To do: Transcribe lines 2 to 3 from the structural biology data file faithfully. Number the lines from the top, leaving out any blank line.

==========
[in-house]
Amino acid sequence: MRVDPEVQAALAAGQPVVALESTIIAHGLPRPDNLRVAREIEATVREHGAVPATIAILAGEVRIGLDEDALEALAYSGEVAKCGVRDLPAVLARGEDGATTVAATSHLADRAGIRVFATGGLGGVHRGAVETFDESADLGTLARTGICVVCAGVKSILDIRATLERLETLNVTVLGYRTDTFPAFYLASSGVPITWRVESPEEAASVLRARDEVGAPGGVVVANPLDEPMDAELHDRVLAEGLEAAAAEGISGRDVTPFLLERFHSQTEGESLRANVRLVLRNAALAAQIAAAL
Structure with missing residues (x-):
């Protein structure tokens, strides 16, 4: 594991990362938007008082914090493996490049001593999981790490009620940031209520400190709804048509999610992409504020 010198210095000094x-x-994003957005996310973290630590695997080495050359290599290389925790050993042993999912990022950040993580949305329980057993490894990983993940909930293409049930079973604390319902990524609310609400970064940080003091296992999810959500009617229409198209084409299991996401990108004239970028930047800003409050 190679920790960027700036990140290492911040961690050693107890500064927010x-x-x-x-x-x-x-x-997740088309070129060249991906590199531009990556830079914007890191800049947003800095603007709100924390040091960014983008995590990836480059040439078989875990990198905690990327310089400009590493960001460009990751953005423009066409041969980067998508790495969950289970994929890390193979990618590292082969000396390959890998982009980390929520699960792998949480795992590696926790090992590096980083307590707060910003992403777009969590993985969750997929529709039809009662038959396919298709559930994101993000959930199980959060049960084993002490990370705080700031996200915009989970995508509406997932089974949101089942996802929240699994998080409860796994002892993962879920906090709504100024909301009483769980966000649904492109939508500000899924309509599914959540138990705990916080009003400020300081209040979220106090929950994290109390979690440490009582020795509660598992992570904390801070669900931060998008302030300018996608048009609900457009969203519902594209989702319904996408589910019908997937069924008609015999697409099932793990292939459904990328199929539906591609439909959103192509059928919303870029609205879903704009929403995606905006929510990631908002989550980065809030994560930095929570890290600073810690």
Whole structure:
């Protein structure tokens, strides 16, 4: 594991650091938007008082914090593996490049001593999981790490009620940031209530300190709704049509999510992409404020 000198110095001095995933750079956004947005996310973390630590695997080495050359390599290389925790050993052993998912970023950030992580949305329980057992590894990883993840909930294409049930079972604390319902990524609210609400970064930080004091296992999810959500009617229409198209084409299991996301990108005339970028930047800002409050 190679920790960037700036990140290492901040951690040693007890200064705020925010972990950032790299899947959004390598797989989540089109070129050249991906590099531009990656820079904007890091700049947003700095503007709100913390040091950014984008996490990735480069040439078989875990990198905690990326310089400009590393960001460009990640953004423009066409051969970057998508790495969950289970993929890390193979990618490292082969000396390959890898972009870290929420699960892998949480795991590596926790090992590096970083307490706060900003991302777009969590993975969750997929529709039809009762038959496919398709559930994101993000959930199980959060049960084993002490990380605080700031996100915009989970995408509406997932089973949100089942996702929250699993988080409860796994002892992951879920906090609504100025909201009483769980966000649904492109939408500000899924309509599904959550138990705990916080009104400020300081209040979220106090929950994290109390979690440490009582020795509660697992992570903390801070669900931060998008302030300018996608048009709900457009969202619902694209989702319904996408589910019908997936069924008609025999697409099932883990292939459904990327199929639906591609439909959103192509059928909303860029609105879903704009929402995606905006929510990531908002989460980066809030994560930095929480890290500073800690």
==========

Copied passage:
Amino acid sequence: MRVDPEVQAALAAGQPVVALESTIIAHGLPRPDNLRVAREIEATVREHGAVPATIAILAGEVRIGLDEDALEALAYSGEVAKCGVRDLPAVLARGEDGATTVAATSHLADRAGIRVFATGGLGGVHRGAVETFDESADLGTLARTGICVVCAGVKSILDIRATLERLETLNVTVLGYRTDTFPAFYLASSGVPITWRVESPEEAASVLRARDEVGAPGGVVVANPLDEPMDAELHDRVLAEGLEAAAAEGISGRDVTPFLLERFHSQTEGESLRANVRLVLRNAALAAQIAAAL
Structure with missing residues (x-):